There are between 6 000 and 8 000 captive-bred lions in SA, more than twice the number of wild lions. Picture: Conservation Action Trust
There are between 6 000 and 8 000 captive-bred lions in SA, more than twice the number of wild lions. Picture: Conservation Action Trust

Plan for export of 800 lion skeletons

By Don Pinnock Time of article published Jan 25, 2017

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Cape Town – In a move supporting the canned lion hunting industry, the government plans to permit the annual export of 800 lion skeletons to manufacturers of fake tiger wine.

The move has come under fire from local and international environmental organisations, and follows controversy about South Africa’s lion-breeding industry that promotes cub petting, lion walks, canned lion hunting and the supply of lion body parts.

“The decision is misguided and shameful,” said Audrey Delsink, Africa’s director of the Humaine Society International.

“Breeding captive lions is not only cruel and contrary to the global shift against captive wildlife, but is a potential threat to wild lions.”

According to Pippa Hankinson, the producer of the film Blood Lions, the quota appears to lack scientific basis.

There was no formal document to support how the quota of 800 skeletons was arrived at, or how it would be enforced.

In 2015, the Professional Hunters’ Association of South African (Phasa) dissociated itself from the captive-bred lion industry “until such a time that the industry can convince Phasa and the IUCN (International Union for the Conservation of Nature) that the practice is beneficial to lion conservation”.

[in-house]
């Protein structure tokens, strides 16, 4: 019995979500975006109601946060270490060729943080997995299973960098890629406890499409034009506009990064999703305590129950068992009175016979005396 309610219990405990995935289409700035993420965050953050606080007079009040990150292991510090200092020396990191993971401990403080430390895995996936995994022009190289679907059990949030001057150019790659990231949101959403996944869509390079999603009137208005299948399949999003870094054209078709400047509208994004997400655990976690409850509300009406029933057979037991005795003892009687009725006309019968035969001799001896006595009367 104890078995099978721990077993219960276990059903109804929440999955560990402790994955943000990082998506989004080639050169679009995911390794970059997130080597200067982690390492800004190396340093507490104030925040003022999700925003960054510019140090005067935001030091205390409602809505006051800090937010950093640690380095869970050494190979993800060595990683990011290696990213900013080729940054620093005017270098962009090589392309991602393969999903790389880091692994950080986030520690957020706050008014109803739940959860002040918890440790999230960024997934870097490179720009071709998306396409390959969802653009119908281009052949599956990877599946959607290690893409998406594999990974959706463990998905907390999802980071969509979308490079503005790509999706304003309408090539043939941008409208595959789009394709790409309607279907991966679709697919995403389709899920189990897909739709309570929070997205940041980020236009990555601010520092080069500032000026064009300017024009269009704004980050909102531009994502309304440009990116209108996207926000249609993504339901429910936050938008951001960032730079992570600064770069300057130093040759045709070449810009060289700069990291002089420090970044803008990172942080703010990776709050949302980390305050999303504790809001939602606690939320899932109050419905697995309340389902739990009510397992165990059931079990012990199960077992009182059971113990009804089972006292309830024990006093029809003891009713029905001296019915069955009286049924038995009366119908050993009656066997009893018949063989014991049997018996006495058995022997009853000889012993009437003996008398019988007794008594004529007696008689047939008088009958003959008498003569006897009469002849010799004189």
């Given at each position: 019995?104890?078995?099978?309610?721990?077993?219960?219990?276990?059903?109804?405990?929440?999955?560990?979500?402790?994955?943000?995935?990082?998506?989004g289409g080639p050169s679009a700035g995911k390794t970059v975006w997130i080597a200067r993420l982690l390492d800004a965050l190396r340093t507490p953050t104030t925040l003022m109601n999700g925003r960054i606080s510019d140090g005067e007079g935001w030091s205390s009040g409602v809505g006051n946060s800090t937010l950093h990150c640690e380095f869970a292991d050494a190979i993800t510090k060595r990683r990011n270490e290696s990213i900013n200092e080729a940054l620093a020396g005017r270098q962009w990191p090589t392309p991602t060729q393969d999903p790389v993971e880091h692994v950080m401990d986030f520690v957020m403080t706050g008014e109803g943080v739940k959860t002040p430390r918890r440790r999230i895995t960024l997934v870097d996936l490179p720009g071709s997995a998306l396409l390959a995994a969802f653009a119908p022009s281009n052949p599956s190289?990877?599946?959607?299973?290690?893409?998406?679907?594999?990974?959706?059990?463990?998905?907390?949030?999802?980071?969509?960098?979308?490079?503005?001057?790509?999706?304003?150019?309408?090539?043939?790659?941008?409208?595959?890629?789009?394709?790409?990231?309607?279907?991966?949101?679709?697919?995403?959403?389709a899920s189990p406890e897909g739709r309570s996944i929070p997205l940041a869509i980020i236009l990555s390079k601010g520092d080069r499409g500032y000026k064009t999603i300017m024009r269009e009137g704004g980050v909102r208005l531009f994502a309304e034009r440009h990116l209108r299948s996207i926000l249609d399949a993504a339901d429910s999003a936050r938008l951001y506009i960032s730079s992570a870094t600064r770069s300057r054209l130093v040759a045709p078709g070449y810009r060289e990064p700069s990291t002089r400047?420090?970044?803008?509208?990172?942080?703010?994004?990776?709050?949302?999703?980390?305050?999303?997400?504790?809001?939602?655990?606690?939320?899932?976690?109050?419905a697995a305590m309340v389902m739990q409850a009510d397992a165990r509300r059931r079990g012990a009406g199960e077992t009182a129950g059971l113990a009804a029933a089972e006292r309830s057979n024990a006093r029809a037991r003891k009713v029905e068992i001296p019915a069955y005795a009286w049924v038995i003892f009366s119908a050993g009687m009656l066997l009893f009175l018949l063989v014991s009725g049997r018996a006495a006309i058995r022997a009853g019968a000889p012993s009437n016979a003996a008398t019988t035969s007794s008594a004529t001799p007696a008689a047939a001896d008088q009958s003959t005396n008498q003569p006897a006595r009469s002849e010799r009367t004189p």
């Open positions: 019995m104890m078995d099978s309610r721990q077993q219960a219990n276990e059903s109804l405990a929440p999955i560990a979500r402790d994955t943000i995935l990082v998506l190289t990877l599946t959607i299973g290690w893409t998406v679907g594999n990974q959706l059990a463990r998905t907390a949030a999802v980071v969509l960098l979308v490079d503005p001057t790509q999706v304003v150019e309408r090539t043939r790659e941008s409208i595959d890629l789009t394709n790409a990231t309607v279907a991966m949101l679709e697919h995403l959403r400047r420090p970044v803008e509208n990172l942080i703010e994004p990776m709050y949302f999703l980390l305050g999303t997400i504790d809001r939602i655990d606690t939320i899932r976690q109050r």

Last year, the IUCN adopted a motion to terminate the hunting of captive-bred lions and captive breeding for commercial, non-conservation purpose.

The Department of Environmental Affairs made the 800-skeleton decision without public consultation, but was forced to hold a stakeholder meeting this week as a result of Cites quota conditions.

There are between 6 000 and 8 000 captive-bred lions in South Africa, more than twice the number of wild lions.

An estimated 1 200 lion skeletons a year are being exported, so 800 would mean a reduction, but represents tacit support for captive lion breeding.

The government’s 2015 Biodiversity Management Plan mentions captive-bred only in passing, saying “there is intense controversy over the merits and ethics of the captive breeding and subsequent release for hunting of captive-bred lions, although it remains legal to do so”.

There are also questions about whether the quota could be policed.

According to Michelle Pickover of the EMS Foundation, there should be a moratorium on issuing any wildlife export permits because of the country’s poor legislative and enforcement issues.

“They leave this totally up to the industry itself. So it’s in essence secret and self-policed. There is also no transparency and this situation is worsened by massive corruption,” Pickover said.

“Their position is clearly that because there is already a trade, it should continue. This is illogical. If they themselves are motivating for the need for research, then this suggests they do not have enough information.”

According to Pickover, because the US no longer allows the importation of captive trophies, there has been a shift to bone trade. ‘They are reporting a decrease of 320 lion hunts and a loss of 660 jobs and are supporting an offtake of 1600 animals a year.


Cape Argus

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